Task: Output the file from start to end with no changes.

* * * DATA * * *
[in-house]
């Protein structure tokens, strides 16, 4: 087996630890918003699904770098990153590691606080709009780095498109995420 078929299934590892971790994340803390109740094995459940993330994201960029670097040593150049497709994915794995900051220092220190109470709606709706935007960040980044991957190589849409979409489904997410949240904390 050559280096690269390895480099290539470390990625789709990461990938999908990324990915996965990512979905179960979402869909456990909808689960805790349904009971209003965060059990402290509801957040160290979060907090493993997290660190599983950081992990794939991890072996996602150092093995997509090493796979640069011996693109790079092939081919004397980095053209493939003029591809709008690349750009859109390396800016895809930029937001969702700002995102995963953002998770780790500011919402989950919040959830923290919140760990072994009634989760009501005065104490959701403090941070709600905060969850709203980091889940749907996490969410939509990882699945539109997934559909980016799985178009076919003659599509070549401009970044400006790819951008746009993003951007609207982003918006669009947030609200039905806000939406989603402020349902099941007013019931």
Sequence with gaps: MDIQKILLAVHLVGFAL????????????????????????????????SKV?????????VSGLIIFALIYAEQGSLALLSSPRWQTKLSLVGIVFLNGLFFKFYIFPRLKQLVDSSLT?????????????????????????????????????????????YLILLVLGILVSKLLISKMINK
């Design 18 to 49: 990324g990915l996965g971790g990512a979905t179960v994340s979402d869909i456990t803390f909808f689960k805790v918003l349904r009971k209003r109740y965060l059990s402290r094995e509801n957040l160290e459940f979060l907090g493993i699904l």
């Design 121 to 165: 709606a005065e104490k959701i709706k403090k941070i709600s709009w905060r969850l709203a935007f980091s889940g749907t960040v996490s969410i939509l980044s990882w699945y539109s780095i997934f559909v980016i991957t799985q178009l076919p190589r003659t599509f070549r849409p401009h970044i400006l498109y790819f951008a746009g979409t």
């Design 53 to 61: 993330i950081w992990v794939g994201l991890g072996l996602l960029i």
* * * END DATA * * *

[in-house]
């Protein structure tokens, strides 16, 4: 087996630890918003699904770098990153590691606080709009780095498109995420 078929299934590892971790994340803390109740094995459940993330994201960029670097040593150049497709994915794995900051220092220190109470709606709706935007960040980044991957190589849409979409489904997410949240904390 050559280096690269390895480099290539470390990625789709990461990938999908990324990915996965990512979905179960979402869909456990909808689960805790349904009971209003965060059990402290509801957040160290979060907090493993997290660190599983950081992990794939991890072996996602150092093995997509090493796979640069011996693109790079092939081919004397980095053209493939003029591809709008690349750009859109390396800016895809930029937001969702700002995102995963953002998770780790500011919402989950919040959830923290919140760990072994009634989760009501005065104490959701403090941070709600905060969850709203980091889940749907996490969410939509990882699945539109997934559909980016799985178009076919003659599509070549401009970044400006790819951008746009993003951007609207982003918006669009947030609200039905806000939406989603402020349902099941007013019931």
Sequence with gaps: MDIQKILLAVHLVGFAL????????????????????????????????SKV?????????VSGLIIFALIYAEQGSLALLSSPRWQTKLSLVGIVFLNGLFFKFYIFPRLKQLVDSSLT?????????????????????????????????????????????YLILLVLGILVSKLLISKMINK
């Design 18 to 49: 990324g990915l996965g971790g990512a979905t179960v994340s979402d869909i456990t803390f909808f689960k805790v918003l349904r009971k209003r109740y965060l059990s402290r094995e509801n957040l160290e459940f979060l907090g493993i699904l």
């Design 121 to 165: 709606a005065e104490k959701i709706k403090k941070i709600s709009w905060r969850l709203a935007f980091s889940g749907t960040v996490s969410i939509l980044s990882w699945y539109s780095i997934f559909v980016i991957t799985q178009l076919p190589r003659t599509f070549r849409p401009h970044i400006l498109y790819f951008a746009g979409t």
């Design 53 to 61: 993330i950081w992990v794939g994201l991890g072996l996602l960029i």